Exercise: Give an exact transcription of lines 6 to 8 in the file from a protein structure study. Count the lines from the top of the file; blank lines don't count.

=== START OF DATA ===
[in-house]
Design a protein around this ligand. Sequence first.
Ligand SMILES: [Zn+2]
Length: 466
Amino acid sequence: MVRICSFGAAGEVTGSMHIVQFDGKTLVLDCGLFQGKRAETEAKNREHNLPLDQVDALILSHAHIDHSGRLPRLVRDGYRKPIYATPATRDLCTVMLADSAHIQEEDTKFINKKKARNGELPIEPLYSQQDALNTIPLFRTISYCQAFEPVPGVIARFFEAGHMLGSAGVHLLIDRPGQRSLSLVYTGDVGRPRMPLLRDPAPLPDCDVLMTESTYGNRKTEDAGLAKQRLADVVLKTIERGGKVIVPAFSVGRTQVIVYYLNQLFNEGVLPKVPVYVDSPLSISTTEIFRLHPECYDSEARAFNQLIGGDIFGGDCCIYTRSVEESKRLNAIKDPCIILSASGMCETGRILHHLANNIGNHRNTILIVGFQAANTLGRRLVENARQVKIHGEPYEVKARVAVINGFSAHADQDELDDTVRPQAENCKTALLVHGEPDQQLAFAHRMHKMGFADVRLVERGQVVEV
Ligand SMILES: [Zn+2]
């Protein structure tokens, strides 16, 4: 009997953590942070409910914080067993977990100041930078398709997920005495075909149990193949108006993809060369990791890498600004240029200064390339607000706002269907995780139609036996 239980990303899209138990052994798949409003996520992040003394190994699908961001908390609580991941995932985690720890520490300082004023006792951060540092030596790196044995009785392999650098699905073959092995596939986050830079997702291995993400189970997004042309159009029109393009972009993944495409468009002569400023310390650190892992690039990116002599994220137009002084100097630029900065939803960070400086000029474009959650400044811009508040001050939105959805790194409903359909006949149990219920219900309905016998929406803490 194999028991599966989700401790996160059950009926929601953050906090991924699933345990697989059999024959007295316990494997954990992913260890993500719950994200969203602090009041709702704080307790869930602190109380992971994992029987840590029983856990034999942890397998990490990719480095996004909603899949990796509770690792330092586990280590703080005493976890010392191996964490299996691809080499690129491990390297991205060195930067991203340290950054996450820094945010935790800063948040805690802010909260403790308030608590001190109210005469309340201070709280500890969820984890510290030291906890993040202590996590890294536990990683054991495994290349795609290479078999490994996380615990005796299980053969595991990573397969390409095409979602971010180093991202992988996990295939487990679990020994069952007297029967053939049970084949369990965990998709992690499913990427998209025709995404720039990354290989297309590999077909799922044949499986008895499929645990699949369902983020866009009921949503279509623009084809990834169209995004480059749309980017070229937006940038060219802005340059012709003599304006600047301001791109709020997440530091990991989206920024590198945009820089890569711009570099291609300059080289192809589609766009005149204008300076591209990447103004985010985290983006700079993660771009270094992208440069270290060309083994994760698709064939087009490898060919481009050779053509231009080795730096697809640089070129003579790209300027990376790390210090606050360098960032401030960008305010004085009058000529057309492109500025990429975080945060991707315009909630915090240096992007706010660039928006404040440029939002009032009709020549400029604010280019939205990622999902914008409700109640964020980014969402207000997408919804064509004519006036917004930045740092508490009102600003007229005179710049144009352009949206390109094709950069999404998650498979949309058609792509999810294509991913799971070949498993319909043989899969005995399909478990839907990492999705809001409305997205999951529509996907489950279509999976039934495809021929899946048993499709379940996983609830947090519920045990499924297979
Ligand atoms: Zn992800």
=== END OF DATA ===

Ligand SMILES: [Zn+2]
């Protein structure tokens, strides 16, 4: 009997953590942070409910914080067993977990100041930078398709997920005495075909149990193949108006993809060369990791890498600004240029200064390339607000706002269907995780139609036996 239980990303899209138990052994798949409003996520992040003394190994699908961001908390609580991941995932985690720890520490300082004023006792951060540092030596790196044995009785392999650098699905073959092995596939986050830079997702291995993400189970997004042309159009029109393009972009993944495409468009002569400023310390650190892992690039990116002599994220137009002084100097630029900065939803960070400086000029474009959650400044811009508040001050939105959805790194409903359909006949149990219920219900309905016998929406803490 194999028991599966989700401790996160059950009926929601953050906090991924699933345990697989059999024959007295316990494997954990992913260890993500719950994200969203602090009041709702704080307790869930602190109380992971994992029987840590029983856990034999942890397998990490990719480095996004909603899949990796509770690792330092586990280590703080005493976890010392191996964490299996691809080499690129491990390297991205060195930067991203340290950054996450820094945010935790800063948040805690802010909260403790308030608590001190109210005469309340201070709280500890969820984890510290030291906890993040202590996590890294536990990683054991495994290349795609290479078999490994996380615990005796299980053969595991990573397969390409095409979602971010180093991202992988996990295939487990679990020994069952007297029967053939049970084949369990965990998709992690499913990427998209025709995404720039990354290989297309590999077909799922044949499986008895499929645990699949369902983020866009009921949503279509623009084809990834169209995004480059749309980017070229937006940038060219802005340059012709003599304006600047301001791109709020997440530091990991989206920024590198945009820089890569711009570099291609300059080289192809589609766009005149204008300076591209990447103004985010985290983006700079993660771009270094992208440069270290060309083994994760698709064939087009490898060919481009050779053509231009080795730096697809640089070129003579790209300027990376790390210090606050360098960032401030960008305010004085009058000529057309492109500025990429975080945060991707315009909630915090240096992007706010660039928006404040440029939002009032009709020549400029604010280019939205990622999902914008409700109640964020980014969402207000997408919804064509004519006036917004930045740092508490009102600003007229005179710049144009352009949206390109094709950069999404998650498979949309058609792509999810294509991913799971070949498993319909043989899969005995399909478990839907990492999705809001409305997205999951529509996907489950279509999976039934495809021929899946048993499709379940996983609830947090519920045990499924297979
Ligand atoms: Zn992800």